What businesses can learn from armadillos, seahorses, and zebras.

By: Chase Palmer
Hackers are a lot like predators in the wild. After finding an unsuspecting animal, nature’s hunters test their victim for weaknesses before taking it down. Just like nature’s hunters, hackers aren’t looking for a challenge. They’re looking for an easy target.

SEE ALSO: A Hacking Scenario: How Hackers Choose Their Victims
Unfortunately, it seems as if hackers are always one step ahead. So how do you avoid becoming dinner? Take a clue from nature. It’s all about defense mechanisms.

1. The Lookout

Dwarf mongoose post sentries that stand on their hind legs to watch for birds (their main predator). When a bird is sighted, they send a warning call to others and run to safety.

Just like the sentries that stand outside dwarf mongoose burrows, businesses have file integrity monitoring software, or log monitoring. Log monitoring systems collect and store logs. Logs are user actions inside an operating system (e.g., renaming a file, opening an application). Some systems have a real-time reporting system (like the dwarf mongoose call) that alerts you via email or text of suspicious activity.

Reviewing logs on a regular basis helps identify malicious attacks on your system. According to the PCI DSS, businesses are supposed to have 12 months of logs stored, with 3 months readily available.

Systems that have log monitoring capabilities include operating systems, Internet browsers, point of sale systems, firewalls, and intrusion detection systems (IDS). Some systems do not automatically enable logging (e.g., Windows XP out of the box has logging turned off).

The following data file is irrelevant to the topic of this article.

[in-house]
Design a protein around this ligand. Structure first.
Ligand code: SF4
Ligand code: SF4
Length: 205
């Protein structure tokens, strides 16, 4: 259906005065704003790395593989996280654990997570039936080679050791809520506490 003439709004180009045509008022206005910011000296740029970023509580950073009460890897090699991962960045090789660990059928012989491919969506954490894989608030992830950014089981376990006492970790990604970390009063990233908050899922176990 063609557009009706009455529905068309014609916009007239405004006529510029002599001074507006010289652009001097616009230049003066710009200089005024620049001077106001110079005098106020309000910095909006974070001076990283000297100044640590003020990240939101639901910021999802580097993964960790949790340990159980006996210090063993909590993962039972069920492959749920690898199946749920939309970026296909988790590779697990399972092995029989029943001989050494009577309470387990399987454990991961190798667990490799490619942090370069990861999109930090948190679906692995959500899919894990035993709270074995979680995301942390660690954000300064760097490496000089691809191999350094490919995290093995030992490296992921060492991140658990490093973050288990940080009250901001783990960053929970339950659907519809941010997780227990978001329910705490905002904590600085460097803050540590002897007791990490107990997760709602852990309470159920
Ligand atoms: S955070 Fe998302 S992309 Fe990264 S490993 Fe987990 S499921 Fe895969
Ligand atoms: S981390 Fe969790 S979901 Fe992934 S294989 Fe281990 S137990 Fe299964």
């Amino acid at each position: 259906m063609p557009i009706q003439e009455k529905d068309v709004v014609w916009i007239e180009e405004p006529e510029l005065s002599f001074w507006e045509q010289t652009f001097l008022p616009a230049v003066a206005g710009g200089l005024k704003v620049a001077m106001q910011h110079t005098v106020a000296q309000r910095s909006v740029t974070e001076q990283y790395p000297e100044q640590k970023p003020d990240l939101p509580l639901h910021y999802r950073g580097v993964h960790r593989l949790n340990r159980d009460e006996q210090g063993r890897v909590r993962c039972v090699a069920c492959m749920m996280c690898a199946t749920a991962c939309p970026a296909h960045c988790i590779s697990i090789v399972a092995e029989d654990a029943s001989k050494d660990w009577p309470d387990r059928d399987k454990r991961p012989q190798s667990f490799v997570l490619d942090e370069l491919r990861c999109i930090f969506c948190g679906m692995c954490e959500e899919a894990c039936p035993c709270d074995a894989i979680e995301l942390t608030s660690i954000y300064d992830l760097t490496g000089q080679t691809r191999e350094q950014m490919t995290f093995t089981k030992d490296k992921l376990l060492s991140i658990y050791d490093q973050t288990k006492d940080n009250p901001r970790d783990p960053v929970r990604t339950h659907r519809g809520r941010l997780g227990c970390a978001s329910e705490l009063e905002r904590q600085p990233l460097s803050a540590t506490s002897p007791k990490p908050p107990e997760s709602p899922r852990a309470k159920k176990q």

2. The Upgrader

In the animal kingdom, bigger is often better. A larger, stronger set of antlers helps white-tailed bucks successfully battle other males during mating season. Every year, they shed their antlers to grow bigger ones for next season.

Just like deer upgrade their antlers, you should be regularly updating your software to make sure it has the most up to date patches for security vulnerabilities.

Devices and software that should be regularly updated include: operating systems, anti-virus software, POS terminals, firewalls, intrusion detection systems (IDS), mobile devices, Internet browsers, app software, and more.

SEE ALSO: Security Patches in Your Business: Complying with PCI Requirement 6.1

3. The Hider

Everyone knows that chameleons change colors to match their environment and allow attackers to pass them over. But so do seahorses, cuttlefish, octopus, and dozens of other animals. Changing colors is a great defense mechanism for animals without strength or stamina.

Just like these animals hide their vulnerable bodies, it’s important for you to hide what’s most important to your business: customer credit card data. Did you know 63% of businesses store unencrypted card data? If a credit card isn’t encrypted, it’s completely exposed on your network, with no camouflage protecting it from predators snooping around.

Encryption is the best way to hide data, but by finding and deleting unnecessary data, you have nothing to hide. After all, hackers can’t steal what isn’t there.

4. The Tank